Archive for the ‘Pāli (pli)’ Category

Pali in opera

19 May 2013

Siddhārtha Gautama, the most well known buddha, lived around the fifth century BCE. It is believed that he spoke an Indo-Aryan dialect, such as Pali (pli). Pali is also the language of many early Buddhist scriptures and the Ethnologue says there are nine second-language speakers of Pali.

In the mid-nineteenth century, opera great Richard Wagner discovered Buddhism and began work on “Die Sieger,” which incorporated Buddhist legends.

Next month, an opera titled “Wagner Dream,” an opera by Jonathan Harvey about the last day in the life of Wagner and “Die Sieger.”

While the character Wagner and other Europeans will perform in German, the Buddhist characters will sing in Pali, the words having been translated from English.

Read more in “Wagner opera to be revived in a dead language.”

Pāli Revival?

10 September 2011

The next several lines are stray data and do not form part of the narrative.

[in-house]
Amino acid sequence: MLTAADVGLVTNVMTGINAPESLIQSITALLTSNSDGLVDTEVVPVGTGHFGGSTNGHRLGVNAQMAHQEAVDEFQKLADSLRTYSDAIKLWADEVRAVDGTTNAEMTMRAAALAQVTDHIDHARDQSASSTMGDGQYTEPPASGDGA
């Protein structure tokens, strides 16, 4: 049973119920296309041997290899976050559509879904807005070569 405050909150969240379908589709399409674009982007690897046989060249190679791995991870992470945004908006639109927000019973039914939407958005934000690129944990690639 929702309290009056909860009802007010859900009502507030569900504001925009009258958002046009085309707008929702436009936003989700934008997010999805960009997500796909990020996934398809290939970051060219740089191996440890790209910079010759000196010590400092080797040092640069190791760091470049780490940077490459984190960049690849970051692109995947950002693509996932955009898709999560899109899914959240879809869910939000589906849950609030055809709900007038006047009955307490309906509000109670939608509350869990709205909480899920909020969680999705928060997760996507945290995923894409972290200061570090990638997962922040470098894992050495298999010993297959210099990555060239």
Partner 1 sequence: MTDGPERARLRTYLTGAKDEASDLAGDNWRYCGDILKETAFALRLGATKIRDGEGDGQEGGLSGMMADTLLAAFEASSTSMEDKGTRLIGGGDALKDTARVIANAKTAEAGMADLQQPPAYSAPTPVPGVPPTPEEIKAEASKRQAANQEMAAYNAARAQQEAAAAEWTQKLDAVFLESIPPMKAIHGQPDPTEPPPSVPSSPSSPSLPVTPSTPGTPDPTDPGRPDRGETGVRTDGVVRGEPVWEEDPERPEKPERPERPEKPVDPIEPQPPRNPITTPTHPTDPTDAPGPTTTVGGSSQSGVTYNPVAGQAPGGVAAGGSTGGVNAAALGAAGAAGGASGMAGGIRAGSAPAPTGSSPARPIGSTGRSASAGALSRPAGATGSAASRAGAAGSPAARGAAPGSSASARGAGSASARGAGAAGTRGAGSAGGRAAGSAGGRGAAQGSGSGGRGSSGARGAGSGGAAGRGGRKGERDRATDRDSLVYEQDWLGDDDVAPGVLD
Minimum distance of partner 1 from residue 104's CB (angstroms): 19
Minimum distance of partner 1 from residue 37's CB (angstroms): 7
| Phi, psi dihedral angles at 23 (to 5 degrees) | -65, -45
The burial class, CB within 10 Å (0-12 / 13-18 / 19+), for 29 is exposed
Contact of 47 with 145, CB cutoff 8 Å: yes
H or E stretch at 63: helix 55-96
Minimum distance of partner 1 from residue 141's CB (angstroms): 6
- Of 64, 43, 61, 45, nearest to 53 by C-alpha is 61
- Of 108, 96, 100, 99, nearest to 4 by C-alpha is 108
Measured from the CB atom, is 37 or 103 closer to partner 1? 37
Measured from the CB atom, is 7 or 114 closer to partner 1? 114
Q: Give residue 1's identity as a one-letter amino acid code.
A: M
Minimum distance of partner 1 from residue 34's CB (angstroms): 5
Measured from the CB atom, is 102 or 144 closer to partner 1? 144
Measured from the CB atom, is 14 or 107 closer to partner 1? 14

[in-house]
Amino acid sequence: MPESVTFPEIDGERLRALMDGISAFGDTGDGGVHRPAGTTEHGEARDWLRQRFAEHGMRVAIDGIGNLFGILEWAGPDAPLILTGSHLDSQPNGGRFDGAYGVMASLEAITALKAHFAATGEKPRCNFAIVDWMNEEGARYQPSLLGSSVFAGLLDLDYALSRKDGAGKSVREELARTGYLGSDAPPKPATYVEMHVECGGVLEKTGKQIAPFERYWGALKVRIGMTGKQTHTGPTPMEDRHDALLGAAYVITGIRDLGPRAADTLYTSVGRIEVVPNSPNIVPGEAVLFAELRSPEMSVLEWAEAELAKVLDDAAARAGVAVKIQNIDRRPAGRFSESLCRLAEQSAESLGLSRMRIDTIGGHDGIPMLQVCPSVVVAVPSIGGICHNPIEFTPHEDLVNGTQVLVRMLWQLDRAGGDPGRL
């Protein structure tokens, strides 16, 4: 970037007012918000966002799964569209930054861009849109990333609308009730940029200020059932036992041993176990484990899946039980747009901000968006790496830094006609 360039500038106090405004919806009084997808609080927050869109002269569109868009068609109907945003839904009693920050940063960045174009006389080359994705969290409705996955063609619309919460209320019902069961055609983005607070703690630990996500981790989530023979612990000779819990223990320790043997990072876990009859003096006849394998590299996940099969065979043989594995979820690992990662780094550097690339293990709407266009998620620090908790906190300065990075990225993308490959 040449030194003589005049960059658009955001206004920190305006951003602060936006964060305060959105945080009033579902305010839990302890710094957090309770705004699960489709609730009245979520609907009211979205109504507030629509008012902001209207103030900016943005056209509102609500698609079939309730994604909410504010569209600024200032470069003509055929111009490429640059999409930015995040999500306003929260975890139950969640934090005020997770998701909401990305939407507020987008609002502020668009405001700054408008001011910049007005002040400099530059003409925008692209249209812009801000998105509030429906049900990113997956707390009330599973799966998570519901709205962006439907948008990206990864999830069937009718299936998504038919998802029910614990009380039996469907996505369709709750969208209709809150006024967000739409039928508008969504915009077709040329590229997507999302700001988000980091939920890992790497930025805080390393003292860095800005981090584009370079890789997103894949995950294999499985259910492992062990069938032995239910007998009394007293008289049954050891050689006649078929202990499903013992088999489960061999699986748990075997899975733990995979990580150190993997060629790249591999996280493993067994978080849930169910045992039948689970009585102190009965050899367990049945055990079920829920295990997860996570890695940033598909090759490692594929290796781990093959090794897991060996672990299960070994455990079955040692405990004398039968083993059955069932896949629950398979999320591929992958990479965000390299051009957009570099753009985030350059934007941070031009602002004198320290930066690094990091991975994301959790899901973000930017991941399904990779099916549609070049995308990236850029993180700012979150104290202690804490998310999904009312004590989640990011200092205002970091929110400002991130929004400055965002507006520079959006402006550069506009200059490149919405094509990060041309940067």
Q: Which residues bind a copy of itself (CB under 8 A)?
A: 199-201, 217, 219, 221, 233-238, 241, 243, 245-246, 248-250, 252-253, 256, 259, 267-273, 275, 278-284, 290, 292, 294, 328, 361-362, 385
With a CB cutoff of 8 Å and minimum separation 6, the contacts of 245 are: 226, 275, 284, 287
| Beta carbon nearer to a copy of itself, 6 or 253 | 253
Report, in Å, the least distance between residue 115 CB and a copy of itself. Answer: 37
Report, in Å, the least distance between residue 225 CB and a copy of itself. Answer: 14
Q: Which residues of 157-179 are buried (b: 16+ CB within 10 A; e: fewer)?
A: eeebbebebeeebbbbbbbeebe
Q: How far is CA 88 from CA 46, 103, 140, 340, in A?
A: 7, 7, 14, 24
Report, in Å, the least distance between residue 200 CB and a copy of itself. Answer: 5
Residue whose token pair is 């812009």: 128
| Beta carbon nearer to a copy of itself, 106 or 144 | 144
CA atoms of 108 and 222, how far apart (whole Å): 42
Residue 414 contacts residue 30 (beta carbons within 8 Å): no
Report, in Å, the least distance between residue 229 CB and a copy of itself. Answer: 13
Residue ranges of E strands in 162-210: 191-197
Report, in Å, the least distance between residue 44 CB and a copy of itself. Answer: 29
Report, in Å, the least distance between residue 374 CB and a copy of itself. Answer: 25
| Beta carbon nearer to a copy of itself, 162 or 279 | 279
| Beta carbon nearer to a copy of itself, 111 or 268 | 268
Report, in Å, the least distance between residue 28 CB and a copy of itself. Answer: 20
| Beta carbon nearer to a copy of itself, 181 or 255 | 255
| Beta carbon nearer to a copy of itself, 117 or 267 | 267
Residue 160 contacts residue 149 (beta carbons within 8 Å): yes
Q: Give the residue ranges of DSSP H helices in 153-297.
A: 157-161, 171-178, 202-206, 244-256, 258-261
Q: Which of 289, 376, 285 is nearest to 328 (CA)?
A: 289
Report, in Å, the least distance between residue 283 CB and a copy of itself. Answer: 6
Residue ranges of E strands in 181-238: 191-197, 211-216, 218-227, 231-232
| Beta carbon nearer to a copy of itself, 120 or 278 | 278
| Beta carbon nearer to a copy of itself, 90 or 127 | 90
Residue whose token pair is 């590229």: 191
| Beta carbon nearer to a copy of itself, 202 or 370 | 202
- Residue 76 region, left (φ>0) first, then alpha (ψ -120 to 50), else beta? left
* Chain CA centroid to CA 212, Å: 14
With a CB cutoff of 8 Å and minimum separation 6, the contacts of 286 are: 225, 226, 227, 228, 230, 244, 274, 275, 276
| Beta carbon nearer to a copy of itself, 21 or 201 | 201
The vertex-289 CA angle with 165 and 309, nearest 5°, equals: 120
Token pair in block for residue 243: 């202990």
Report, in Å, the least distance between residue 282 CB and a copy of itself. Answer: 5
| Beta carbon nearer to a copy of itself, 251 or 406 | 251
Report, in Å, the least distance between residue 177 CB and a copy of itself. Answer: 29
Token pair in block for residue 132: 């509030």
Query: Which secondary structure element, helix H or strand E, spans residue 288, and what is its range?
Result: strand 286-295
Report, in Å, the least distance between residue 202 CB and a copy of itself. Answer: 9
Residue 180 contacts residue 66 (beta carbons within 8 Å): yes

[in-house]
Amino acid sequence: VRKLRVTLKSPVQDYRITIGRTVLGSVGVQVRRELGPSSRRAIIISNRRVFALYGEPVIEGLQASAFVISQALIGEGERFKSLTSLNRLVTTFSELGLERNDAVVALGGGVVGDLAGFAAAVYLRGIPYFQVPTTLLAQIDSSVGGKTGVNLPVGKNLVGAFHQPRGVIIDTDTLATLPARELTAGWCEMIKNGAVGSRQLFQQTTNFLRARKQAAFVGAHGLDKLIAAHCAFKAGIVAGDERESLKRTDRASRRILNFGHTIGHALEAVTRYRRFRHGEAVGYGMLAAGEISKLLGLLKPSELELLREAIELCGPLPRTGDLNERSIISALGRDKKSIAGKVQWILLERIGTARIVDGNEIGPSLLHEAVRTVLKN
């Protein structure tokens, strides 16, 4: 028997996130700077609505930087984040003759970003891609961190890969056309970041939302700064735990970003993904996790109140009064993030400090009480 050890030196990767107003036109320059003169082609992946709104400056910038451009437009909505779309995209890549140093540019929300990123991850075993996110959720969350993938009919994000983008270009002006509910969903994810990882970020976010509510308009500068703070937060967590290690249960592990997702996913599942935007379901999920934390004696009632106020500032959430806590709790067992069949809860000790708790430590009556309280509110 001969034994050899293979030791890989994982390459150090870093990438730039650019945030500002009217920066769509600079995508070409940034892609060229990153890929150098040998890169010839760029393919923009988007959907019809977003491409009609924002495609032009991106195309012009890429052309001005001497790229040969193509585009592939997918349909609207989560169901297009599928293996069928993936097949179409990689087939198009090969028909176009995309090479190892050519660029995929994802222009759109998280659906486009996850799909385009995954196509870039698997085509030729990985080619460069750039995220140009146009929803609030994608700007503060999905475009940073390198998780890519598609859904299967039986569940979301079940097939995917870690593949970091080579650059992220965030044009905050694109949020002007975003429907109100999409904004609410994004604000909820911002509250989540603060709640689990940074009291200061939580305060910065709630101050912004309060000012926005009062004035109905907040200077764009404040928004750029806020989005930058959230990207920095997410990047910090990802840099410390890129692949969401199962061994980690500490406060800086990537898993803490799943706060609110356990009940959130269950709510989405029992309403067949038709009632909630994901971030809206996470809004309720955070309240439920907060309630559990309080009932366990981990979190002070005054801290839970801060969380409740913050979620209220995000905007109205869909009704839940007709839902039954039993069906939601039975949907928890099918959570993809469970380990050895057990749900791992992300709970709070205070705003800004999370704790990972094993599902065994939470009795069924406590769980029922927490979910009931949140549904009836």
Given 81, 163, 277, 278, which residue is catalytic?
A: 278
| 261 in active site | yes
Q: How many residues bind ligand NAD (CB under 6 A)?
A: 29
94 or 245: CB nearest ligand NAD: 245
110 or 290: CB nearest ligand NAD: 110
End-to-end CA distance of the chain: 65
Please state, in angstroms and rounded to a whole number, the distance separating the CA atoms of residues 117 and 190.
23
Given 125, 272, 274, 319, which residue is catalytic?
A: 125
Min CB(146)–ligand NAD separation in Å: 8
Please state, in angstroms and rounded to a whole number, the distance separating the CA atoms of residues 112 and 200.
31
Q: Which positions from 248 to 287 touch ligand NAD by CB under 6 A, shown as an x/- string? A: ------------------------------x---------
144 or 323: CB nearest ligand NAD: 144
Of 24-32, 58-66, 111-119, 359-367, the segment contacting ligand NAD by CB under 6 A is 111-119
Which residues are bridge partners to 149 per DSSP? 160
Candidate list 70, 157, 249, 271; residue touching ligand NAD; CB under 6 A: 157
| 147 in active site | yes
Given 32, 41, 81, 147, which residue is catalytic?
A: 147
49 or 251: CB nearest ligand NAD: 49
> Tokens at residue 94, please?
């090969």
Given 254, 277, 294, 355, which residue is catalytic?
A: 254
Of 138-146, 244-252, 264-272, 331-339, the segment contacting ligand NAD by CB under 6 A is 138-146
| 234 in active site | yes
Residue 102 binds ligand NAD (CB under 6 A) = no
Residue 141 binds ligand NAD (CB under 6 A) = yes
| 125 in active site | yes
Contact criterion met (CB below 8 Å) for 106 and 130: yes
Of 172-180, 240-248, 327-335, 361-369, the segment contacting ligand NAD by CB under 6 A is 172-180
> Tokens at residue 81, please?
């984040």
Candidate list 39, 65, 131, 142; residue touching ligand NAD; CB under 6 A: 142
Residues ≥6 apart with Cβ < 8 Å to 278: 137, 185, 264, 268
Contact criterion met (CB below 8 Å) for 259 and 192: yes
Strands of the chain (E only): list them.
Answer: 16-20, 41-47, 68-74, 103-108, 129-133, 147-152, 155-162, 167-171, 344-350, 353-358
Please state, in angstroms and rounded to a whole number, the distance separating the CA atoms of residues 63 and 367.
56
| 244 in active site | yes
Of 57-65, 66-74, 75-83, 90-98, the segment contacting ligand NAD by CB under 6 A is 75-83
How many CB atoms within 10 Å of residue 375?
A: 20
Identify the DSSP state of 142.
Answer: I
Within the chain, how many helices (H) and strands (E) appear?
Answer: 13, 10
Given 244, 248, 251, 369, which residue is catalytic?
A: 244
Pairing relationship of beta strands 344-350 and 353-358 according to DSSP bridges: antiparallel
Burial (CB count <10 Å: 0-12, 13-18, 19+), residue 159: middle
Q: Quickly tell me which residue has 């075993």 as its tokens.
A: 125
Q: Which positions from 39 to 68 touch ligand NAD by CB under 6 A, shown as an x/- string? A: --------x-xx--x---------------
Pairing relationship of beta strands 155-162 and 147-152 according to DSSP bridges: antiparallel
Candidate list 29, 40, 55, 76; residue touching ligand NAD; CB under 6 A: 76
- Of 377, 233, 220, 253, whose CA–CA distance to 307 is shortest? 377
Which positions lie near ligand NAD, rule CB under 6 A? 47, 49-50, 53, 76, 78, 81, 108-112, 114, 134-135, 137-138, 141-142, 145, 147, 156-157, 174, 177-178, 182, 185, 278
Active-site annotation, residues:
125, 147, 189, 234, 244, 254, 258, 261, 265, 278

The Tipiṭaka (“three baskets”) or Pāli Canon is the oldest complete Buddhist canon. Written down just over two thousand years ago in Pāli (pli), the Tipiṭaka is the standard scriptures for Theravada Buddhism.

Although Pāli is primarily used for access to religious texts, revitalization movements have been around since the nineteenth century.

According to “When a dead language came alive after almost a century,” those movements continue on and Pāli was used for the first three sessions of the International Pali Conference 2011, hosted on September 1 by the University of Sri Jayewardenepura.

The “Pali Text Society’s Pali-English Dictionary” can be searched at Digital Dictionaries of South Asia. Lessons in Pāli with a dictionary are available at On-Line Pali Course.